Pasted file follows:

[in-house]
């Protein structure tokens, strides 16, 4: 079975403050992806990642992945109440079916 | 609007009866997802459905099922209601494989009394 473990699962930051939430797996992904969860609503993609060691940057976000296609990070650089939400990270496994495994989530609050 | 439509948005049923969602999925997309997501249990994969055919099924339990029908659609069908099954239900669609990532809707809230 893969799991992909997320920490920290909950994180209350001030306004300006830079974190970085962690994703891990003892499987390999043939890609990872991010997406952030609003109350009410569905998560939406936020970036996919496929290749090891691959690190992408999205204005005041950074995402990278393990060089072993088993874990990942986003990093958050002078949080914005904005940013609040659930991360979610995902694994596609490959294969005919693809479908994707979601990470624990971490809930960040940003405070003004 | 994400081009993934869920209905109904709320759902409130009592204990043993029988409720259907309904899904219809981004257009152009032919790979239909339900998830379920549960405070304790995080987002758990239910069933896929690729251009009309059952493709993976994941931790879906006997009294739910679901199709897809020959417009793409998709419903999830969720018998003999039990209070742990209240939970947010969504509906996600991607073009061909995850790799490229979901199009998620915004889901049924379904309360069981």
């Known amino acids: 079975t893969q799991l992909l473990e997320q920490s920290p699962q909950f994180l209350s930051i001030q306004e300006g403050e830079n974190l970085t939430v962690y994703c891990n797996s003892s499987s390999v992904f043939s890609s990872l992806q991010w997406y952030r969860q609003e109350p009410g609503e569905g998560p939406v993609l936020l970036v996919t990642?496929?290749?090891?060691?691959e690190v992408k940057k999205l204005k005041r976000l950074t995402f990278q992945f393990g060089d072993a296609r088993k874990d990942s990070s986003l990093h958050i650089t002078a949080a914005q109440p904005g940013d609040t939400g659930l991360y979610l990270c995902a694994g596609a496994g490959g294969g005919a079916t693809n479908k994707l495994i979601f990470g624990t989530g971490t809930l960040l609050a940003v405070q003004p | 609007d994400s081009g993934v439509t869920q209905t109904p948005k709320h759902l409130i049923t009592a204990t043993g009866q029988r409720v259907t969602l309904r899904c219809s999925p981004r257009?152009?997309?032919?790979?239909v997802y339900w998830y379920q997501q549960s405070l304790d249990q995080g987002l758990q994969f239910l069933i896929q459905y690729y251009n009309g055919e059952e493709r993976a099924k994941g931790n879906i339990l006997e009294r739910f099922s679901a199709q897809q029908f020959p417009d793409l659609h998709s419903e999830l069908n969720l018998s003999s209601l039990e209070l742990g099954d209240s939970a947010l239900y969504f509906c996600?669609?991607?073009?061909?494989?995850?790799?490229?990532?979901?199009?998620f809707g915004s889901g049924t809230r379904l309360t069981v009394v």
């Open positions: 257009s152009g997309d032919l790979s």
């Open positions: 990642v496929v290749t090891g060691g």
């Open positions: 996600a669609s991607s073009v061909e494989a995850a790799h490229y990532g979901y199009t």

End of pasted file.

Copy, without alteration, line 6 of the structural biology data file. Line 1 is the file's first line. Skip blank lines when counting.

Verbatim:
């Open positions: 996600a669609s991607s073009v061909e494989a995850a790799h490229y990532g979901y199009t």